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Then when the miner wants to sell his gold, it is assayed by a laboratory working for the miller or a trader, the real gold content is understated and the price offered often represents a discount against the world market price. The raw gold, in whatever form will most likely be smuggled to South Africa where one of the six refineries, established in their heyday, will refine the product and buy it for rand or US dollars. Sometimes it is smuggled overseas.
This involves not only gold mined in Zimbabwe but also gold traded through Zimbabwe from other African States. The major player is the Democratic Republic of Congo where similar chaotic conditions prevail and small-scale miners also operate under conditions that are distinctly unhealthy by any standard. The players in the Al Jazeera programme of Indian extraction are the major interlocuters.
Add to this sorry tale, the use of cyanide and mercury plus the environmental aspects of all this activity and you get the picture. Criminal gangs control large swathes of land in this country and force is used to control territory. It's not good.
What do we do about all this? Having an undercover team in the country and finding out all of the above is one thing, sorting it out and regularising the industry is quite another and I hope Al Jazeera will take as much time on this aspect as it has devoted to the negative aspects.
But for me the answers are quite easy to identify and implement, and the whole programme could be self-funding and in turn produce major benefits for the economy and the millions of people involved.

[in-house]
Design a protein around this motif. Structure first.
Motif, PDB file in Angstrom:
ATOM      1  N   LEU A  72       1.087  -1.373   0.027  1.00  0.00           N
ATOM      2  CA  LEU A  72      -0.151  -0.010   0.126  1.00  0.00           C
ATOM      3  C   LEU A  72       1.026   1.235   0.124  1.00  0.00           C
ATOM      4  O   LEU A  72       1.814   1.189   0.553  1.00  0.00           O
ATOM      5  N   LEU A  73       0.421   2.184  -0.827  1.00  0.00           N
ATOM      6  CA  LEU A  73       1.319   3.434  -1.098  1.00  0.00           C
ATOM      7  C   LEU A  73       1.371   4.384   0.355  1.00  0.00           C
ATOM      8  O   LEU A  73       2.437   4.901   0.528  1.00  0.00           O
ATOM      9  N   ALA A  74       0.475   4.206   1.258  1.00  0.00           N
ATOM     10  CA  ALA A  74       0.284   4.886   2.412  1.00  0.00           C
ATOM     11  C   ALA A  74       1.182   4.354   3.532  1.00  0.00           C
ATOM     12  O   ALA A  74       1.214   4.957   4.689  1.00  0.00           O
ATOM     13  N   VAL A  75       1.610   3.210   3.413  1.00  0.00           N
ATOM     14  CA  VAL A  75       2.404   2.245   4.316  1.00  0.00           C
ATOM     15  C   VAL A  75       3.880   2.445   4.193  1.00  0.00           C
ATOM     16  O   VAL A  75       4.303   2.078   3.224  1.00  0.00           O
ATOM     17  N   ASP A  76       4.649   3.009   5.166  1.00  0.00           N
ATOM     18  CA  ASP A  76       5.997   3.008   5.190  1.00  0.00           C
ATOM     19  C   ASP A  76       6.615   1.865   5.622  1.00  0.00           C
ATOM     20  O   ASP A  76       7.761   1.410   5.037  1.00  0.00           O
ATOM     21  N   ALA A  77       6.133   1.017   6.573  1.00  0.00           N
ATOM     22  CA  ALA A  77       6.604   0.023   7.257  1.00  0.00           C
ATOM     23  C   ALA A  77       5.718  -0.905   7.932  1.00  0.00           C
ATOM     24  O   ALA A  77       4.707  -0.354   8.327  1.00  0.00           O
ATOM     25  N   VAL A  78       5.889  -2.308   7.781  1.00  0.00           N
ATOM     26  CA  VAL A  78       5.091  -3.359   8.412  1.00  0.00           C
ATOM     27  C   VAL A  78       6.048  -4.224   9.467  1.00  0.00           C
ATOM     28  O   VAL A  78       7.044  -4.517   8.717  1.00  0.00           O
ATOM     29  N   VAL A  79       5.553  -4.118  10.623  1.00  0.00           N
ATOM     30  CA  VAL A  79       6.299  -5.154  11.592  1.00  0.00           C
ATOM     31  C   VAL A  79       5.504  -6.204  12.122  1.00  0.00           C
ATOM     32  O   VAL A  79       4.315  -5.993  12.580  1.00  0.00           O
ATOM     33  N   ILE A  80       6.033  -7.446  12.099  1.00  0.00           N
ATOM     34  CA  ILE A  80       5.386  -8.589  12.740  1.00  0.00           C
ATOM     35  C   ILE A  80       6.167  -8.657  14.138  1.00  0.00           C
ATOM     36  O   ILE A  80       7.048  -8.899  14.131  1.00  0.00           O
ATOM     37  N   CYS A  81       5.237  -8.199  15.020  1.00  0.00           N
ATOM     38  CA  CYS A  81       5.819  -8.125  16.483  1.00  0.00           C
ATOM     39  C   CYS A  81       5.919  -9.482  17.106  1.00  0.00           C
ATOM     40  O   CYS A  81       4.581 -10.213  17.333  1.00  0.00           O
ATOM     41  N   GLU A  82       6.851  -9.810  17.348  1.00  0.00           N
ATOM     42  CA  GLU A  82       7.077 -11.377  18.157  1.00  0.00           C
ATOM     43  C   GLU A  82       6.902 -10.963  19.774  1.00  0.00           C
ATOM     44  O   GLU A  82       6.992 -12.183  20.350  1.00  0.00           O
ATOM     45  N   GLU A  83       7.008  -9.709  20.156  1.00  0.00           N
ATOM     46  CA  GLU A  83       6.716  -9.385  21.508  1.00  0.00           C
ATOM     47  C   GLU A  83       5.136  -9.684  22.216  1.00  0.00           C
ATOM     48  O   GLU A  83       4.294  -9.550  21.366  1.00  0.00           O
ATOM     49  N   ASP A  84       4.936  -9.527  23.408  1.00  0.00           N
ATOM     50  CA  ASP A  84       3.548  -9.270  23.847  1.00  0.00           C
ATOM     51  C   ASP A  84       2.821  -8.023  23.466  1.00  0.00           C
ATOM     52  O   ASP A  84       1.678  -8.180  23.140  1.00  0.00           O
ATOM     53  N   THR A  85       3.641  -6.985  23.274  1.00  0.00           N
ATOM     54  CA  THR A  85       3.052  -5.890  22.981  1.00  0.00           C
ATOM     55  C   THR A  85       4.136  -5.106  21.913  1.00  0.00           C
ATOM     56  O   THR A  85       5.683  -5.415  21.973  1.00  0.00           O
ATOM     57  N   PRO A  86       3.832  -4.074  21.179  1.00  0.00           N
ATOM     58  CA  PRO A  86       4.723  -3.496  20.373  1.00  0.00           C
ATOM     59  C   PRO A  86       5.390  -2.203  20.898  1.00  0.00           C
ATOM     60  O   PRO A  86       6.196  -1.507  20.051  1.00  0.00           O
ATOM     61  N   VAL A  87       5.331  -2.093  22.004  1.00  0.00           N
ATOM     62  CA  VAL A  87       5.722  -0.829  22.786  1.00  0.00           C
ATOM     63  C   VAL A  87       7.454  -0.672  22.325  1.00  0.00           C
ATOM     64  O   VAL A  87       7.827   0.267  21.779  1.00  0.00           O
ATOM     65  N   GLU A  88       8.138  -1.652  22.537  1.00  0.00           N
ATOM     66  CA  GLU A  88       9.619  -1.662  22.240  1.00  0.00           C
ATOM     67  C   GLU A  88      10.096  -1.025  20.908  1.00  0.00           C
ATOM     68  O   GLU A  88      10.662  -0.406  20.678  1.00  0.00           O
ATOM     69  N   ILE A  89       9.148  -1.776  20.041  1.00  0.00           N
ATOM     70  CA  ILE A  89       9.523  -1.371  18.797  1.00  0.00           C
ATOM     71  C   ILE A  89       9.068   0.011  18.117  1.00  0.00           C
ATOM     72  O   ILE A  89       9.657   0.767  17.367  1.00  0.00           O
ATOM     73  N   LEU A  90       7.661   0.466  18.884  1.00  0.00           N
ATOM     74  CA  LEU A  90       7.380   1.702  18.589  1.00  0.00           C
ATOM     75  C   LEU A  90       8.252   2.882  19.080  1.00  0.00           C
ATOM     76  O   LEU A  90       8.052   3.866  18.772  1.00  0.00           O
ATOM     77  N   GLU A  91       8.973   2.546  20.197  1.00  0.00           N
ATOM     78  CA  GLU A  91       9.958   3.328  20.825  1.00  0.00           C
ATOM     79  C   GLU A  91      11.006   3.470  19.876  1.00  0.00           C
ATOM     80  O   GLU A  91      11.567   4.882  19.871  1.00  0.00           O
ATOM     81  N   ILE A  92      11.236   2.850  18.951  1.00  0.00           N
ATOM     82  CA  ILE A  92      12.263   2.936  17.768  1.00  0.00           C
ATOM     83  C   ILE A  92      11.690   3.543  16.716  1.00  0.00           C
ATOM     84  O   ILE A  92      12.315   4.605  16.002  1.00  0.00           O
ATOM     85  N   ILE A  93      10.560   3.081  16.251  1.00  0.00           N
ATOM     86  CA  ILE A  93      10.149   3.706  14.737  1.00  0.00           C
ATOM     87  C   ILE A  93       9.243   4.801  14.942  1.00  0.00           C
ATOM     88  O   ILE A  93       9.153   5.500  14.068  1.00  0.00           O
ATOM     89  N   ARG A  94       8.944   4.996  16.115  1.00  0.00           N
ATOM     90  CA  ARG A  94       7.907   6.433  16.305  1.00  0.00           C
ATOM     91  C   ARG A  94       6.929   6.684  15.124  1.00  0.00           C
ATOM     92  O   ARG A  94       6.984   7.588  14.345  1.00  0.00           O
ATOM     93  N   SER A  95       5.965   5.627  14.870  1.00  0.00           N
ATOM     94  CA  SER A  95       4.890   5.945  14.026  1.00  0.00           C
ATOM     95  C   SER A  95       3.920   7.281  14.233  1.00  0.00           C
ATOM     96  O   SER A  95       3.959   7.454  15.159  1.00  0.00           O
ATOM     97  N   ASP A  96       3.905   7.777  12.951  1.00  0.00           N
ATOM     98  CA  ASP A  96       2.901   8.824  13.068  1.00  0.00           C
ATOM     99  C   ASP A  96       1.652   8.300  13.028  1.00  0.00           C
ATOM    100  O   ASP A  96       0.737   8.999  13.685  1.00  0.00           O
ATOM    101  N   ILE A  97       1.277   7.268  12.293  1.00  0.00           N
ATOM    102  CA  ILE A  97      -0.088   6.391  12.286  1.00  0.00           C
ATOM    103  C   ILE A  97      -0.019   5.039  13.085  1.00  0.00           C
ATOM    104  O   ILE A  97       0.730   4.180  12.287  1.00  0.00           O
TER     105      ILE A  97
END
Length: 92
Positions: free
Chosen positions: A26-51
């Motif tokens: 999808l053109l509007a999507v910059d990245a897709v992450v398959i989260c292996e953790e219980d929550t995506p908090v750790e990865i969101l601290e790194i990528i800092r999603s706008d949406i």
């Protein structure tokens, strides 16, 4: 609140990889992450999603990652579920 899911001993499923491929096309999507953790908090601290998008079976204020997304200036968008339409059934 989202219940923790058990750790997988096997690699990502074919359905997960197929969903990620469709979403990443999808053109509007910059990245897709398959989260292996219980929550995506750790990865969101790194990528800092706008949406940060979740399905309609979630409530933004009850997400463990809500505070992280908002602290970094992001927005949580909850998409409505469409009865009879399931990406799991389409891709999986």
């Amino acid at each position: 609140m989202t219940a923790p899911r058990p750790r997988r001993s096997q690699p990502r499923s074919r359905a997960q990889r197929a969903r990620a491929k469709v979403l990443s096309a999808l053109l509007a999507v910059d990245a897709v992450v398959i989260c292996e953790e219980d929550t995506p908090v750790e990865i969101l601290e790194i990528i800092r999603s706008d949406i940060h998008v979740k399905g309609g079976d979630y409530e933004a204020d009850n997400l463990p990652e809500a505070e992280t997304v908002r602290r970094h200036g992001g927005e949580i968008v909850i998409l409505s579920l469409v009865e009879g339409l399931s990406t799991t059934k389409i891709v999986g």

It starts with the miners — give them a licence (which they pay for) to occupy and mine a small claim that is physically identified and surveyed using modern GPS technology. Such claims will immediately attract a value which the miner can secure by selling the claim to someone else, who either wants to become a small-scale miner himself or has ambitions to fully exploit the resources. It also gives the operator legal status and he can quote his number when delivering his ore to a miller or selling his raw gold.
Then get a major player who wants gold, to come into the country and get them to set up buying centres in all gold-producing districts. Pay for the gold at the world market price, less a small discount for costs. These buying centres should fund an extension service for the miners in their area and support the miners with protective clothing and all the other items and machinery required. They should also be suppliers of explosives.
I would also encourage the miners in the area of each buying centre to establish their own processing capacities which they operate on a co-operative basis. These have to be equipped by machinery especially designed and manufactured to handle the ore produced and maximise recovery. They should operate in competition with the established millers.
There is considerable interest in the establishment of the large-scale opencast mines exploiting low-grade ore resources and a special programme needs to be created for this to happen. The present arrangement where the sole buyer of gold is Fidelity under the Reserve Bank of Zimbabwe is clearly not working properly, in my view. If the bank wishes to buy gold for reserve purposes, it should do so at market prices in US dollars and not hold any monopoly on refining or buying gold.
The payment of hard currency for all gold production would assist the country’s balance of payments, raise living standards and increase tax revenues. Everyone wins.
Eddie Cross is an economist and former opposition legislator.